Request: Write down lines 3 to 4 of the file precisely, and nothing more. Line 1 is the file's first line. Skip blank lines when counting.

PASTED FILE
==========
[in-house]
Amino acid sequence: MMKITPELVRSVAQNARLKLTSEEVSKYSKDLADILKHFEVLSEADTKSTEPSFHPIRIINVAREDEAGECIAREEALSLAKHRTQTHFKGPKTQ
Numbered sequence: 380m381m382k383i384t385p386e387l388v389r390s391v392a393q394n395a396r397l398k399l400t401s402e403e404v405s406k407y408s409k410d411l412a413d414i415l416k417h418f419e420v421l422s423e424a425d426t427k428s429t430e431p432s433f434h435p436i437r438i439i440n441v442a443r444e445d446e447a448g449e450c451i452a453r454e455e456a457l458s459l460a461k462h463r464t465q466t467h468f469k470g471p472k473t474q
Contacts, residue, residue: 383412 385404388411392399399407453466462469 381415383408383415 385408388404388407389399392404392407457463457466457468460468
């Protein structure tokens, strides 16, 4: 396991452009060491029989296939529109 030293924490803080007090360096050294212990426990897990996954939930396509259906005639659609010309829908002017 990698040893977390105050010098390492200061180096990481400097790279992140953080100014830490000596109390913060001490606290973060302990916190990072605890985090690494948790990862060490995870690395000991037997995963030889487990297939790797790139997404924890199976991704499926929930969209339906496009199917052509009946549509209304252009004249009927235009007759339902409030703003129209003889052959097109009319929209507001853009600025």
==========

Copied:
Numbered sequence: 380m381m382k383i384t385p386e387l388v389r390s391v392a393q394n395a396r397l398k399l400t401s402e403e404v405s406k407y408s409k410d411l412a413d414i415l416k417h418f419e420v421l422s423e424a425d426t427k428s429t430e431p432s433f434h435p436i437r438i439i440n441v442a443r444e445d446e447a448g449e450c451i452a453r454e455e456a457l458s459l460a461k462h463r464t465q466t467h468f469k470g471p472k473t474q
Contacts, residue, residue: 383412 385404388411392399399407453466462469 381415383408383415 385408388404388407389399392404392407457463457466457468460468